ASL's Brian Murphy addresses the bevy of changes teams have made in the ninth inning lately.
Brandon Morrow was put on the disabled list Wednesday after injuring his back while taking off his pants. That's what actually happened. His back spasms shouldn't keep him out for longer than the necessary 10 days. Pedro Strop will probably get the first crack at saves in his absence, but also keep Steve Cishek in mind. Both men have pitched well enough this season to deserve a shot and both have closing experience. Strop is widely available across all fantasy platforms.
San Francisco Giants
When will players learn that picking a fight with a door or a wall is a losing battle? Hunter Strickland is the latest pitcher to find this out as he broke his pitching hand after punching a door in frustration following a blown save Monday. Sam Dyson was named the team's replacement closer Tuesday. He picked up a two-out save that evening, but on Wednesday, he looked a lot like the Sam Dyson who got shipped out of Texas last year. He allowed four hits and two runs while trying to protect a three-run lead. He was pulled with two outs in the ninth, and the save ended up going to Reyes Moronta.
Fantasy owners in need of saves will have to take a chance here since Strickland is expected to be sidelined for up to two months. Dyson is the man to own right now, but be ready to pivot because, as I said, it wasn't long ago when we saw him blow up consistently in the ninth. Lefty Tony Watson will be in the mix, and I think Mark Melancon, even with his diminished velocity, will get a shot as well. His results have been decent since making his 2018 debut on June 1. Injuries have ruined his tenure with the Giants, but if you can stash him or acquire him in a low-cost trade, that's an avenue worth exploring.
I'm not sure why Hector Rondon is still available in half or more of all fantasy leagues out there. Yes, he took an L in a non-save situation Tuesday, and the likes of Ken Giles and Chris Devenski are still lurking. But for now, Rondon is the closer du jour on the team with the most wins in baseball. He has locked down his last four save opportunities with little ado. Fantasy owners should have more confidence in him right now.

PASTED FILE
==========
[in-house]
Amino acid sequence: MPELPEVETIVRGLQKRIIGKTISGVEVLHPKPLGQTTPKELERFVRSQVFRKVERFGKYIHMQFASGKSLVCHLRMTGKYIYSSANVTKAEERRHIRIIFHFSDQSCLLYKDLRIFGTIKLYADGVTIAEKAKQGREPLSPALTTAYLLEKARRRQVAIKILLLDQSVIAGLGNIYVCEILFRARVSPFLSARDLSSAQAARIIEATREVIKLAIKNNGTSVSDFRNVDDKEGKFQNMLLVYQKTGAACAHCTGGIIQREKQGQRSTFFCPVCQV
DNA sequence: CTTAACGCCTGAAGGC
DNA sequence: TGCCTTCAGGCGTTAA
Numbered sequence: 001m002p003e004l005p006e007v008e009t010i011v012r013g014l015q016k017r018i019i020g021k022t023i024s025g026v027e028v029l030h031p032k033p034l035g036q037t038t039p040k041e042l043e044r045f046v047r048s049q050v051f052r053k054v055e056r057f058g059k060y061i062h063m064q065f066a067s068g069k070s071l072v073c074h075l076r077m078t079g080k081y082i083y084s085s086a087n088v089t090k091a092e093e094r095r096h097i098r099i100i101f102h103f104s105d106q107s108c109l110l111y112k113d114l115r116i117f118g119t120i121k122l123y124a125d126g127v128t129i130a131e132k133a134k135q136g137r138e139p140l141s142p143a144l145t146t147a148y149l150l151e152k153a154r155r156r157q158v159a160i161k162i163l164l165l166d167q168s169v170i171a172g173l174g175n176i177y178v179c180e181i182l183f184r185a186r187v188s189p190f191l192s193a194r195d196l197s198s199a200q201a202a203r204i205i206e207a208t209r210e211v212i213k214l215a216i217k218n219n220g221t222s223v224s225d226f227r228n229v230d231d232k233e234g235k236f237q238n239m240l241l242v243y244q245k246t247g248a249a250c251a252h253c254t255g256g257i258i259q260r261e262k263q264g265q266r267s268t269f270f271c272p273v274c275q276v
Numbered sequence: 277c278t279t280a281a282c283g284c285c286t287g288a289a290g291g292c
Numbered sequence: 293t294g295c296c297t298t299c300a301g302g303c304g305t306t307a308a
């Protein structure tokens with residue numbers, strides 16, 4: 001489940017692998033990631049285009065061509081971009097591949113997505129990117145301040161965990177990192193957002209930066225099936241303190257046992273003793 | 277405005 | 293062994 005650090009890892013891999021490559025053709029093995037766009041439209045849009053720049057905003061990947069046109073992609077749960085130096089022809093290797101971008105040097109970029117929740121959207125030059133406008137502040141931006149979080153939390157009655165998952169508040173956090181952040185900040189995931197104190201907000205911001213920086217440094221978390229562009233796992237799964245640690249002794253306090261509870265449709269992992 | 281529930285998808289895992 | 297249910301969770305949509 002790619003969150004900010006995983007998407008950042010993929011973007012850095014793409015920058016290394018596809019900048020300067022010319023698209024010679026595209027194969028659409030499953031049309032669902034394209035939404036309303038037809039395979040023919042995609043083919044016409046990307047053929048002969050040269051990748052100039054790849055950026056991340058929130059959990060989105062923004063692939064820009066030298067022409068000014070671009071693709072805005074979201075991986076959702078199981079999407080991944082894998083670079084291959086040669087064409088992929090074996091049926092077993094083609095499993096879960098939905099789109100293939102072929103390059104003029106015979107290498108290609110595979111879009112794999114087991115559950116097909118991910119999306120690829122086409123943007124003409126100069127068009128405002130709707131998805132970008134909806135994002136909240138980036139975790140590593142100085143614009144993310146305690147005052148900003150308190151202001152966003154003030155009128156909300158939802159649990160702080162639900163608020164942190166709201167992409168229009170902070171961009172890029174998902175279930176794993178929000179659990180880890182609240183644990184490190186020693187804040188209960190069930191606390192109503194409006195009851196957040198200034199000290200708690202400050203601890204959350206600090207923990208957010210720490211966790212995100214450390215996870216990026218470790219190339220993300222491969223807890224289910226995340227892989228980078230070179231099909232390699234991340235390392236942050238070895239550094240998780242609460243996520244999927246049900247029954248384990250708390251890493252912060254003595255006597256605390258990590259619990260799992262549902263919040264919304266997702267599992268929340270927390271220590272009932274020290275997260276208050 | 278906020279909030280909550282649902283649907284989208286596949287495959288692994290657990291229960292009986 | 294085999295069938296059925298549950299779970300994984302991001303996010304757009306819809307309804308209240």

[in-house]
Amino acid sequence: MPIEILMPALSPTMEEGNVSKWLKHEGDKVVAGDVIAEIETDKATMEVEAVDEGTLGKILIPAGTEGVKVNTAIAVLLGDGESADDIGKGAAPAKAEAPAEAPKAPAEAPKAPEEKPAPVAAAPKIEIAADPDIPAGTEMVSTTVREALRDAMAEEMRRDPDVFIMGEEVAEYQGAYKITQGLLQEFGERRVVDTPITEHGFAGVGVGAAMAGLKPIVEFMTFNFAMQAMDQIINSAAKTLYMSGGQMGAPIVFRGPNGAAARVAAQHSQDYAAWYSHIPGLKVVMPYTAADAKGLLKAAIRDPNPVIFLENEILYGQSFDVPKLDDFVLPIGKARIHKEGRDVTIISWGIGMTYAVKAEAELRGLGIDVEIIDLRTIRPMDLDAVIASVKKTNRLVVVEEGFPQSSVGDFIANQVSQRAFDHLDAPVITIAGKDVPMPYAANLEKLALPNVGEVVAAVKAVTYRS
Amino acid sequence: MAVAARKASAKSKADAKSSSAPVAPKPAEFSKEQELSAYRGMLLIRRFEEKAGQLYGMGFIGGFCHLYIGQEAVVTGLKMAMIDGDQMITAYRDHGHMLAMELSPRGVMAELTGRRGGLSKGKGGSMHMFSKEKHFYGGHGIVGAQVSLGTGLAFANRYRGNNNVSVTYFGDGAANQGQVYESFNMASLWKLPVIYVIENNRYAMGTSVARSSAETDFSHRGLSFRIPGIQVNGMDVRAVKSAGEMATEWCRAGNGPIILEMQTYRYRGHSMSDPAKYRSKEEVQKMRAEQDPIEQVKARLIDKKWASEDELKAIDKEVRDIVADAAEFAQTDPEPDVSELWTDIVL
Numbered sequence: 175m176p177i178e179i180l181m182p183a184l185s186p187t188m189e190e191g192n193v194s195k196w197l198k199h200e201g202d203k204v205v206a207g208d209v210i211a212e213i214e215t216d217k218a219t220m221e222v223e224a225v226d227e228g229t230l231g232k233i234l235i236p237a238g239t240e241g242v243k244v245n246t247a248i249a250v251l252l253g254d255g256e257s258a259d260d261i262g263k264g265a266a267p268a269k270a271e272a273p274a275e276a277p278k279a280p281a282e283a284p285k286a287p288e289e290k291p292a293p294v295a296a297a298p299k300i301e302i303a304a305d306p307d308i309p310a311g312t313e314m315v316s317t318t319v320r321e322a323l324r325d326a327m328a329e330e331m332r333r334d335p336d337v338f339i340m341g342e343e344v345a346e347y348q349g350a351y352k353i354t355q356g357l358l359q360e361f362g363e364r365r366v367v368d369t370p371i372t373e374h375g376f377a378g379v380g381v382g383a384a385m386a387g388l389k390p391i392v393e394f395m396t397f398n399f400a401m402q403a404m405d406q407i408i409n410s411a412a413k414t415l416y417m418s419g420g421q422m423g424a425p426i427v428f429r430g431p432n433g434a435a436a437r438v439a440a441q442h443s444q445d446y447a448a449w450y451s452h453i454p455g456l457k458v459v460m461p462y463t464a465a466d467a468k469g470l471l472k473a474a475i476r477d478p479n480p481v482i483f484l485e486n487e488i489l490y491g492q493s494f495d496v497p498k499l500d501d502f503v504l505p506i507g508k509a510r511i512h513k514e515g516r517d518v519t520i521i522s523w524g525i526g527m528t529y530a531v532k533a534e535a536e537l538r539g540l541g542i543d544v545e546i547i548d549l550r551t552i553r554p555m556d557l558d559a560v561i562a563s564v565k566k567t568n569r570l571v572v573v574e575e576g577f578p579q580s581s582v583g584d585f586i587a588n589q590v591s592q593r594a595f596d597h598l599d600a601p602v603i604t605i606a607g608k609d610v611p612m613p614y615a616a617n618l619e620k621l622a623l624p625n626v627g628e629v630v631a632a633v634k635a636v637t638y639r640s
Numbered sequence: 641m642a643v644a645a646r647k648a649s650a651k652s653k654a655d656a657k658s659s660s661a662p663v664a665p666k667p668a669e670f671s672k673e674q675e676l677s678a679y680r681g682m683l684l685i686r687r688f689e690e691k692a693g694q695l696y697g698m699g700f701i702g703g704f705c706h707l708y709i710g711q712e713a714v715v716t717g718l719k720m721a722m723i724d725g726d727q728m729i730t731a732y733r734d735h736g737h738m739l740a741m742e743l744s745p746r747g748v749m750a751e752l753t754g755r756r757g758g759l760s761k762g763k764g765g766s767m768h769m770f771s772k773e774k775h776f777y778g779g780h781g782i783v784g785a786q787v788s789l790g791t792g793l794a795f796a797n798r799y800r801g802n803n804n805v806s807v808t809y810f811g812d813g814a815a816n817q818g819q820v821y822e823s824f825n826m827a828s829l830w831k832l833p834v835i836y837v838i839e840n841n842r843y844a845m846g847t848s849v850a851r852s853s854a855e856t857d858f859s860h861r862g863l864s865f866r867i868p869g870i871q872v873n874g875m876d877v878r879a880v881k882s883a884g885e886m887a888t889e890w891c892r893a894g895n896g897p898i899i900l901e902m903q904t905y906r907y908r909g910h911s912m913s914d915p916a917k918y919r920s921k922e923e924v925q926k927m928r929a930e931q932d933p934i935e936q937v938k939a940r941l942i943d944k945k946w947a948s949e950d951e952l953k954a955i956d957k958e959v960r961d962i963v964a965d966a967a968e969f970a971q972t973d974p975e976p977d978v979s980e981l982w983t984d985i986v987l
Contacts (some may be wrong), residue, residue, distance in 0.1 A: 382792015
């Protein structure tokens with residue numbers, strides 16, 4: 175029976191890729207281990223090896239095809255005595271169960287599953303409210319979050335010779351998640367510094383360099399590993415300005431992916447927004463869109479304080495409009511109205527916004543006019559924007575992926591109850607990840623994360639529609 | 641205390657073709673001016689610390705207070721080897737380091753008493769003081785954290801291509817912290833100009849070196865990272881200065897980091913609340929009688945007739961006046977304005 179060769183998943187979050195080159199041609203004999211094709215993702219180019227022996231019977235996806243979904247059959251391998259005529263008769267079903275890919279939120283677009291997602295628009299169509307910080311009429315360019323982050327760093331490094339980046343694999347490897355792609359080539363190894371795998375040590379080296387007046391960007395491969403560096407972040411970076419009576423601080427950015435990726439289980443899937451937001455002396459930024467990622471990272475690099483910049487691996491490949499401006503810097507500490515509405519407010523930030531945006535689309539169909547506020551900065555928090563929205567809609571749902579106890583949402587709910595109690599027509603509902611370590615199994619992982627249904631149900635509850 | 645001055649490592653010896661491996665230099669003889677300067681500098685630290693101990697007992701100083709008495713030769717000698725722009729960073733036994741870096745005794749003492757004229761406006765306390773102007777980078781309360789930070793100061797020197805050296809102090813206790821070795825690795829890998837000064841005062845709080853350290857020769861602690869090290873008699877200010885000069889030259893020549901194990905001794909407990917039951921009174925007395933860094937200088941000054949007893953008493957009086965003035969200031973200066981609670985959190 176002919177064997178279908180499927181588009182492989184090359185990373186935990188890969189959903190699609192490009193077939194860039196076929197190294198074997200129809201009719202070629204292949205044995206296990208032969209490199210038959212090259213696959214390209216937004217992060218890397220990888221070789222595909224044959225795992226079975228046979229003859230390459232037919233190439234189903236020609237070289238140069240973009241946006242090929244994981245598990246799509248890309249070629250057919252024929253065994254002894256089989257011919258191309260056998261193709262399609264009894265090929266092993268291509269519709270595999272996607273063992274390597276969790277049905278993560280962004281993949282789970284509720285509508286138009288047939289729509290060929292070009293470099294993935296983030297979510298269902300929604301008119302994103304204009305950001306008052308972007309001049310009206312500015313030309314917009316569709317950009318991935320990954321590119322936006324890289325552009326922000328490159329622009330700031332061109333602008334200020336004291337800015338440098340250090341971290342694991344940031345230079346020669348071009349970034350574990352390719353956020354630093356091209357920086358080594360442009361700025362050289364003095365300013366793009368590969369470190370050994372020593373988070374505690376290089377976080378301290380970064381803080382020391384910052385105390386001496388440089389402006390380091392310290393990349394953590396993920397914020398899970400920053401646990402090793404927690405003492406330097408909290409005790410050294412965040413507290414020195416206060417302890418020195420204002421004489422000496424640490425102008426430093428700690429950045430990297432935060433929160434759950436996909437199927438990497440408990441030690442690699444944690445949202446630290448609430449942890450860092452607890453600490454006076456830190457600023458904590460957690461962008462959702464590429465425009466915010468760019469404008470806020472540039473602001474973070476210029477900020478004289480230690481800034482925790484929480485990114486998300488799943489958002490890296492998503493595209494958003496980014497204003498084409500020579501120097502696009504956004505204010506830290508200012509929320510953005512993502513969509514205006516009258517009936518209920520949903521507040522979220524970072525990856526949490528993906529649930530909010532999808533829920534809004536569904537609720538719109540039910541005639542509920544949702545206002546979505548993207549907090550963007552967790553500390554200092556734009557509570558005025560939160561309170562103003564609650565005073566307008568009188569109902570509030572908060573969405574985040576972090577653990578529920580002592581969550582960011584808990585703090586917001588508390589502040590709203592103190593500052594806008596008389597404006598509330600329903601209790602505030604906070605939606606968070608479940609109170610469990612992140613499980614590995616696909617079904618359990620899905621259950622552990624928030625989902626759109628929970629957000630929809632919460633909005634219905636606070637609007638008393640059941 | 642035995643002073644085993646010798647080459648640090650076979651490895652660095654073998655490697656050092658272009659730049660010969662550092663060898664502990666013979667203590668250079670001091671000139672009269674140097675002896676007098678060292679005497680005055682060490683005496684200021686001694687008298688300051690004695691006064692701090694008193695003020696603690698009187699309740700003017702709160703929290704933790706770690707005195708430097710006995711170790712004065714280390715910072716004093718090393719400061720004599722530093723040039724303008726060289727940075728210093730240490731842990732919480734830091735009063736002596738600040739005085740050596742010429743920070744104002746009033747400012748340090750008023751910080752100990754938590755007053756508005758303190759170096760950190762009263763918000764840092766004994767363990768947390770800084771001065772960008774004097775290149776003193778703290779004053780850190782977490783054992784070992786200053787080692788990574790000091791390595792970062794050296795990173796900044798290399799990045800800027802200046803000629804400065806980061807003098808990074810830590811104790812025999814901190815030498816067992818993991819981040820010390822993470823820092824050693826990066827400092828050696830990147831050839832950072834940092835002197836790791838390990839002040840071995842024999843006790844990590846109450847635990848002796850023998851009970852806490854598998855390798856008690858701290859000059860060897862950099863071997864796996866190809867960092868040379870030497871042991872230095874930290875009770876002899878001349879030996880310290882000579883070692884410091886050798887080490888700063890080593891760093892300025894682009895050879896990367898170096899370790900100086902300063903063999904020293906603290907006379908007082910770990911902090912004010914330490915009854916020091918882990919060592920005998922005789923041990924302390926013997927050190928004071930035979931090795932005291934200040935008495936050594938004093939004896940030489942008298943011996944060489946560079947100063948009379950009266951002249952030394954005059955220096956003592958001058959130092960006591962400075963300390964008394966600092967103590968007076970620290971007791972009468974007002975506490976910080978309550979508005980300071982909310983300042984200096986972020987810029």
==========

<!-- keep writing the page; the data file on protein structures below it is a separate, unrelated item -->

Why is Kyle Barraclough still available in about half of all leagues, too? He has been pitching like an All-Star all season long and especially since becoming the Marlins' closer earlier this month. Barraclough hasn't allowed a hit since May 22, a span of 10.2 innings. During that time, he's given up an equal amount of runs and struck out eight. The Fish don't win often, but Barraclough has picked up four saves in the past 10 days. With all of the topsy-turvy bullpens out there, owning a closer with some pretty firm job security right now feels like a luxury. He should be owned in all leagues.
Kansas City Royals
Here's another question: Who's the closer in Kansas City? We know it's not Kelvin Herrera any longer. His fantasy value has been relegated to holds leagues now that he is a setup man in Washington. There are no easy answers for the Royals, who own the worst bullpen ERA in the American League. Kevin McCarthy posted a scoreless ninth on Wednesday in a game Kansas City trailed. He has struck out just 19 men in 31.1 innings, but as the only man in this pen with a sub-4.00 ERA, he's worth a speculative add in deep leagues for the adventurous fantasy owner.
Toronto Blue Jays
Despite my pleas for Seunghwan Oh, the Blue Jays have pretty much trusted Ryan Tepera to be their closer while Roberto Osuna is on administrative leave. It hasn't always been a smooth ride, but Tepera is 5-for-5 in save chances. Yet, he is still available in 60-70 percent of Yahoo and CBS Sports leagues.
Zach Britton is back, but he hasn't been given a save opportunity yet. It doesn't help when your team has lost 10 of 12 games and is terrible overall, obviously. Britton could have gotten a save Wednesday night, but he was removed in the ninth inning of a 3-0 game after pitching 1.1 innings of pretty clean ball. Brad Brach promptly loaded the bases before striking out Mark Reynolds to end it. Brach has allowed 14 baserunners in his last 5.1 frames while Britton has been almost pristine since a shaky, three-walk debut on June 12. Britton is still on the wire in about 35 percent of Yahoo and CBS Sports leagues and in more than 50 percent of ESPN leagues. Much like with the Marlins, the Orioles are putrid, but it's time to own their closer. That should be Britton from here on out (or until he's traded to be a better team).
Los Angeles Angels
Heavens to Betsy, Mike Scioscia may have settled upon a closer. This, of course, could change in the blink of an eye, but Blake Parker has registered five saves since June 4. Granted, he blew a save last week, struggled Sunday in a loss and has permitted five earned runs in his last three appearances. But if you're desperate ... I mean, really desperate ...
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